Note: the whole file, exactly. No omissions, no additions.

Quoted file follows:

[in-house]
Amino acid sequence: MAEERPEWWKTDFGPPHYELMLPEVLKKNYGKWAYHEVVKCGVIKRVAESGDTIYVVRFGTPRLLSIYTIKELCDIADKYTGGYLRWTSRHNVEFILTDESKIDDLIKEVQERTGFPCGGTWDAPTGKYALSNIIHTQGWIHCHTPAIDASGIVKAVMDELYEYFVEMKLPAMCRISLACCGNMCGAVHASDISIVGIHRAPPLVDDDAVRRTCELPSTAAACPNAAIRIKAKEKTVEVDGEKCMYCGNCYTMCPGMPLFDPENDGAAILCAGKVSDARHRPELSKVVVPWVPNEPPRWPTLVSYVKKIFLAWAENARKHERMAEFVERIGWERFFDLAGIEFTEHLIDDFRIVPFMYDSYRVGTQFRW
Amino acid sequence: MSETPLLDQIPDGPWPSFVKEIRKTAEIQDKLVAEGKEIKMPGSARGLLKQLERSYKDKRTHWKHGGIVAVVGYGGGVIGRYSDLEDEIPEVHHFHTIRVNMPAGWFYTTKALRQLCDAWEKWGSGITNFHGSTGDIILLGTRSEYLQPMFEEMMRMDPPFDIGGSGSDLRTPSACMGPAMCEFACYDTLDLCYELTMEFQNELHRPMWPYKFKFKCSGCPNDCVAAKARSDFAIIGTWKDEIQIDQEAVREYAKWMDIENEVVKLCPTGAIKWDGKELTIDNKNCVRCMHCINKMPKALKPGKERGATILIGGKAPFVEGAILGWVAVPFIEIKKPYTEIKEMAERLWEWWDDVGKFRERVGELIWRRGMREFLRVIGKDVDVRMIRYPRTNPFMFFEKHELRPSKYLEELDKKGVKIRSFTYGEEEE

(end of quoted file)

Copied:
[in-house]
Amino acid sequence: MAEERPEWWKTDFGPPHYELMLPEVLKKNYGKWAYHEVVKCGVIKRVAESGDTIYVVRFGTPRLLSIYTIKELCDIADKYTGGYLRWTSRHNVEFILTDESKIDDLIKEVQERTGFPCGGTWDAPTGKYALSNIIHTQGWIHCHTPAIDASGIVKAVMDELYEYFVEMKLPAMCRISLACCGNMCGAVHASDISIVGIHRAPPLVDDDAVRRTCELPSTAAACPNAAIRIKAKEKTVEVDGEKCMYCGNCYTMCPGMPLFDPENDGAAILCAGKVSDARHRPELSKVVVPWVPNEPPRWPTLVSYVKKIFLAWAENARKHERMAEFVERIGWERFFDLAGIEFTEHLIDDFRIVPFMYDSYRVGTQFRW
Amino acid sequence: MSETPLLDQIPDGPWPSFVKEIRKTAEIQDKLVAEGKEIKMPGSARGLLKQLERSYKDKRTHWKHGGIVAVVGYGGGVIGRYSDLEDEIPEVHHFHTIRVNMPAGWFYTTKALRQLCDAWEKWGSGITNFHGSTGDIILLGTRSEYLQPMFEEMMRMDPPFDIGGSGSDLRTPSACMGPAMCEFACYDTLDLCYELTMEFQNELHRPMWPYKFKFKCSGCPNDCVAAKARSDFAIIGTWKDEIQIDQEAVREYAKWMDIENEVVKLCPTGAIKWDGKELTIDNKNCVRCMHCINKMPKALKPGKERGATILIGGKAPFVEGAILGWVAVPFIEIKKPYTEIKEMAERLWEWWDDVGKFRERVGELIWRRGMREFLRVIGKDVDVRMIRYPRTNPFMFFEKHELRPSKYLEELDKKGVKIRSFTYGEEEE